Dodgers Dugout: Might as well pack it up for this season

The Dodgers' Freddie Freeman.
(David Zalubowski / Associated Press)

Hi, and welcome to another edition of Dodgers Dugout. My name is Houston Mitchell, and the season is over.

The Dodgers are 1-2 and can’t possibly make up the distance between them and the first-place team in the National League West. I mean, why even try. The first three games are always exactly how the entire season will go, meaning the Dodgers will finish 54-108 and the only guy on the team who will hit homers is Austin Barnes, who will finish with 54.

OK, now that we have that out of the way for the more pessimistic of you writing to me out there, let’s be real.

It’s only three games. You don’t get a real sense for how good or bad a team might be until at least 40 games. If the Dodgers are 10-30, then we can worry. Last season, they were 18-17 after 35 games, putting them on pace to finish 83-79. They won 106 games. The 2018 team was 4-9 at one point. They won 92 games and made it to the World Series. The 2017 team was 10-12 and won 104 games and made it to the World Series.

In Denver to open the season, the offense was shaky.

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Freddie Freeman, Will Smith and Cody Bellinger are all hitting below .200. Mookie Betts struck out twice with runners on base Sunday, stranding five runners. There wasn’t as much patience as usual at the plate. The Dodgers had only three doubles (two by Chris Taylor) and one homer in three games. In Denver. Those aren’t good things. But the Dodgers did outhit the Rockies in Sunday’s loss and probably would have won if not for some shoddy defense.

I got two emails after Taylor misplayed that ball in left field Sunday. If he catches the ball, the inning is over. Instead, it leads to three runs scoring. The emails said AJ Pollock would have caught the ball.

Pollock misplayed a ball on opening day to lead to a loss for the Chicago White Sox. Or, as Norman Dale said in “Hoosiers”, “I would hope you support who we are, not who we are not.”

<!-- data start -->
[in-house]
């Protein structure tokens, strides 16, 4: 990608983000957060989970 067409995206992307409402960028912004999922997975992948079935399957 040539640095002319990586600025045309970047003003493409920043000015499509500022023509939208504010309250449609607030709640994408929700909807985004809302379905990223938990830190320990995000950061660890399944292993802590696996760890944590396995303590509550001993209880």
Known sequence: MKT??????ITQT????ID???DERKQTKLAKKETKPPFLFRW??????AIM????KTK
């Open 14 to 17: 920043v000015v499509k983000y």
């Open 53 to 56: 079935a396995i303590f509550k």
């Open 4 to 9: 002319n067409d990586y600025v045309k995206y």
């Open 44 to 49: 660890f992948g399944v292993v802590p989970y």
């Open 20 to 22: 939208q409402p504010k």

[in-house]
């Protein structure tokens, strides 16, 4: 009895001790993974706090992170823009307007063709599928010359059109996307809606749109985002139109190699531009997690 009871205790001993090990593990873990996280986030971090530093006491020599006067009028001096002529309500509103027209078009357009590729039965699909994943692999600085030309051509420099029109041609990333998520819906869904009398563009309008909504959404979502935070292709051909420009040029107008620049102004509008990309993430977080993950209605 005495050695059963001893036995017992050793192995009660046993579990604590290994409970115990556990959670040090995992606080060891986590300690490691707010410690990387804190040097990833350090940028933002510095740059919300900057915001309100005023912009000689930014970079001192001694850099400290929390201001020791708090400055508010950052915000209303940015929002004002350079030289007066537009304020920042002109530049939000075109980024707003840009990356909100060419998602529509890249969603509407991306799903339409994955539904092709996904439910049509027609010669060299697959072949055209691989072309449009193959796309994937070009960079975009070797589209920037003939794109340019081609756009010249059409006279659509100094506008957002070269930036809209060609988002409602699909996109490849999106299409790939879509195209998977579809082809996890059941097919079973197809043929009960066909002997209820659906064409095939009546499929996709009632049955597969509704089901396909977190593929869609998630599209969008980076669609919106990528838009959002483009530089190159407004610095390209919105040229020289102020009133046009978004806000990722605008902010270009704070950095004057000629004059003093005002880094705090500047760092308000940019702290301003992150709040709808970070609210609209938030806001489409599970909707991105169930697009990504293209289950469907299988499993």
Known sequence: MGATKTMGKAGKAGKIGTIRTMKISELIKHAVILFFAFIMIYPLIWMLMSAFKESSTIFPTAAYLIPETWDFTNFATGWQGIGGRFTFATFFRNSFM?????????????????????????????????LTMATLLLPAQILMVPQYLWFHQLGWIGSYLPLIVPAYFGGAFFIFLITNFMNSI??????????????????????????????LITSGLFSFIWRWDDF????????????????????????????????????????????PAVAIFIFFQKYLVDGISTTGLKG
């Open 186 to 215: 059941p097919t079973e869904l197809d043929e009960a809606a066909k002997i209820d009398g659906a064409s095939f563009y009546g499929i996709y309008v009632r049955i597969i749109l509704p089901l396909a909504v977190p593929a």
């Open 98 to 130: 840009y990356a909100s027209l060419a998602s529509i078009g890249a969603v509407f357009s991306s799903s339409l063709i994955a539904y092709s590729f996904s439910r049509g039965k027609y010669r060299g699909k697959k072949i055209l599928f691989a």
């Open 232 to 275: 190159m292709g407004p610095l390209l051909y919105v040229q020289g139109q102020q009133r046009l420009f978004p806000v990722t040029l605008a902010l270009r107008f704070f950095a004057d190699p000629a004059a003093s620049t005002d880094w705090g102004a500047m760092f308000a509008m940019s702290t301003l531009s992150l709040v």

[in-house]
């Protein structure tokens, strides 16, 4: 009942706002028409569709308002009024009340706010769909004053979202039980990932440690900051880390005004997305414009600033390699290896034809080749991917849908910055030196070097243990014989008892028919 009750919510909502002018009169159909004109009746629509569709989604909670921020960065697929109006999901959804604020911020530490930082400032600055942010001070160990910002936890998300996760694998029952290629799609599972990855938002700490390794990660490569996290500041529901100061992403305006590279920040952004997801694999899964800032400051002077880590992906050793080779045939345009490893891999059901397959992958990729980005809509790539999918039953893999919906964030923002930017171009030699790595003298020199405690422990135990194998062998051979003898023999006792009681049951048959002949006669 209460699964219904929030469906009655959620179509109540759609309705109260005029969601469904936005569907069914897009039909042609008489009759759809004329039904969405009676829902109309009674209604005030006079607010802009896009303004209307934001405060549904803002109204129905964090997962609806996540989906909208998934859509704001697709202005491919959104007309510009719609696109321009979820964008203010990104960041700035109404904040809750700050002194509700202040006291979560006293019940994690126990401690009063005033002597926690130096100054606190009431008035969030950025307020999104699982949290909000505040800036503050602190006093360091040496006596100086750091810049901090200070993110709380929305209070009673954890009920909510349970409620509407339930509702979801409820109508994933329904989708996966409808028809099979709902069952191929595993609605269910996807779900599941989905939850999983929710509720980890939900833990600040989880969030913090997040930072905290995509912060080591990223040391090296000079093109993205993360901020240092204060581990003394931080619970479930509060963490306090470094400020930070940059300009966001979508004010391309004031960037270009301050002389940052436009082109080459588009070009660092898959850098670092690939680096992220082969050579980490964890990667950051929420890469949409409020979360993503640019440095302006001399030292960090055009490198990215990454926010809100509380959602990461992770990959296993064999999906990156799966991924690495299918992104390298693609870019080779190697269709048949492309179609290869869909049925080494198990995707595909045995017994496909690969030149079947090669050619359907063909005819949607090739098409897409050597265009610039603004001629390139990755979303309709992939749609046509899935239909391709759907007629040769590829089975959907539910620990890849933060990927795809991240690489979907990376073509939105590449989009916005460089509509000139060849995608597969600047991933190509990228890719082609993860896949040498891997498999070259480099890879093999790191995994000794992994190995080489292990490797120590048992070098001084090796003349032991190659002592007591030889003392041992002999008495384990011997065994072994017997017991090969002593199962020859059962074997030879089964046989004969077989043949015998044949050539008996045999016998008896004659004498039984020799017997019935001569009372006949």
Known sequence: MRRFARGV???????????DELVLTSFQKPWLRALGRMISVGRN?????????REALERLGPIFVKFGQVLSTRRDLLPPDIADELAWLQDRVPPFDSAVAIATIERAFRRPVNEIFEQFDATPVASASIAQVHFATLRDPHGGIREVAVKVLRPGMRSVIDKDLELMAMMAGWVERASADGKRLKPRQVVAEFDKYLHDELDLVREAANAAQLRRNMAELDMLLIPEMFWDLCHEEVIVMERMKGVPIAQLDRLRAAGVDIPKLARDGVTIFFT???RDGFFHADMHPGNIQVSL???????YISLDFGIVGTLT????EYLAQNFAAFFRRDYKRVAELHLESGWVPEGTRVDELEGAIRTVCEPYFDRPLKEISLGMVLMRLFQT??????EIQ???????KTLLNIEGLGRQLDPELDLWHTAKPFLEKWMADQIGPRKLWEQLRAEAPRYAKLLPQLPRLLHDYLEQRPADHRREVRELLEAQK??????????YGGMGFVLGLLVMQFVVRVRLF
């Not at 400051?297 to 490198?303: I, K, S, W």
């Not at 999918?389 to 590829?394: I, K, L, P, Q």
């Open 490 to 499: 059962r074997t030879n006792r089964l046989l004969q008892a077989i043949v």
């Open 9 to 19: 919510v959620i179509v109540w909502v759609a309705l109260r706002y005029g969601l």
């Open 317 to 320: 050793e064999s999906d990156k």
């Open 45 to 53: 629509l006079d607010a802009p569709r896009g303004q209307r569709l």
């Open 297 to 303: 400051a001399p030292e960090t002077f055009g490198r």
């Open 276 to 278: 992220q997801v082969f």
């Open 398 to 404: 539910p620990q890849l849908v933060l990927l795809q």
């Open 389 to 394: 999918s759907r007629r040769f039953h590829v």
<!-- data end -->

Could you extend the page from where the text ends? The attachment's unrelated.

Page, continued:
More troubling is that Julio Urías’ velocity was down compared with last season. He said he didn’t have command of his pitches. Tony Gonsolin went his usual three innings and out. Craig Kimbrel gave up a run in his only appearance.

But take a deep breath and relax. They play 162 games for a reason. if you get upset after every loss, you’re doing it the hard way.

Why is Kershaw starting Wednesday?

By the time Clayton Kershaw takes the mound Wednesday in Minnesota, every member of the Dodgers’ rotation, including Andrew Heaney, will have made a start. Why?

“To have him in the five slot allowed for him to get the full buildup,” Dave Roberts said, and then, referring to a bullpen session Kershaw threw last week, continued, “So now for him to go five [innings] and 75 [pitches], to then go into his first start, gives us a better chance not only that day but also days following with him and managing the bullpen. That’s the thought behind it.”


Ned Colletti retires

Former Dodgers general manager Ned Colletti, who also was a commentator for SportsNet LA before and after games the last few seasons, announced his retirement from baseball earlier this week.

A great reason for the Dodgers’ success the last few seasons is Colletti. He drafted or acquired a lot of the players that success was built upon. He wrote a book titled “The Big Chair” that was released in 2017, and I moderated a couple of group events with him in the months that followed. If you ever get a chance to hear him speak, he has great stories to tell and his book is highly recommended. We wish him good cheer in retirement.

Here’s a good look at him in this column by Bill Plaschke.

An excerpt from the column:

Three summers ago, when Corey Seager was a prospect playing in the mid-season Futures Game, Colletti phoned him for a chat.

“I want you to know how I see you,’’ Colletti says he told Seager. “You have a chance to not only be a big league player, but great big league player. It’s going to take a lot of work, and it’s not going to come easy, but I see your greatness.’’

When Seager saw Colletti walking through the stadium recently, the kid pulled his former boss aside.

“You remember the phone call you made to me?’’ said Seager.

“I’ll never forget it,’’ said Colletti.

‘Neither will I,’’ said Seager.

Your prediction

Three questions for you to answer if you click here.


How many games will the Dodgers win this season?

Will they win the division?

Will they win the World Series?

Again, to vote in this survey, please click here. Results will be announced Thursday.

Up next

Today: Dodgers (*Andrew Heaney) at Minnesota (Chris Archer), 4:30 p.m., SportsNet LA, AM 570, KTNQ 1020
Wednesday: Dodgers (*Clayton Kershaw) at Minnesota (Chris Paddack), 10 a.m., SportsNet LA, AM 570, KTNQ 1020


Stories you might have missed

Dodgers’ lineup starts Rocky Mountain cold: Five takeaways from opening series

Dodgers are in big trouble if Julio Urías can’t deliver quality innings

No bad blood? Kenley Jansen, Freddie Freeman discuss budding Dodgers-Braves rivalry

Freddie Freeman shares emotional exchange with former Angel José Iglesias during game

And finally

Highlights from the opening-day win. Watch and listen here.


Until next time...

Have a comment or something you’d like to see in a future Dodgers newsletter? Email me at, and follow me on Twitter at @latimeshouston. To get this newsletter in your inbox, click here.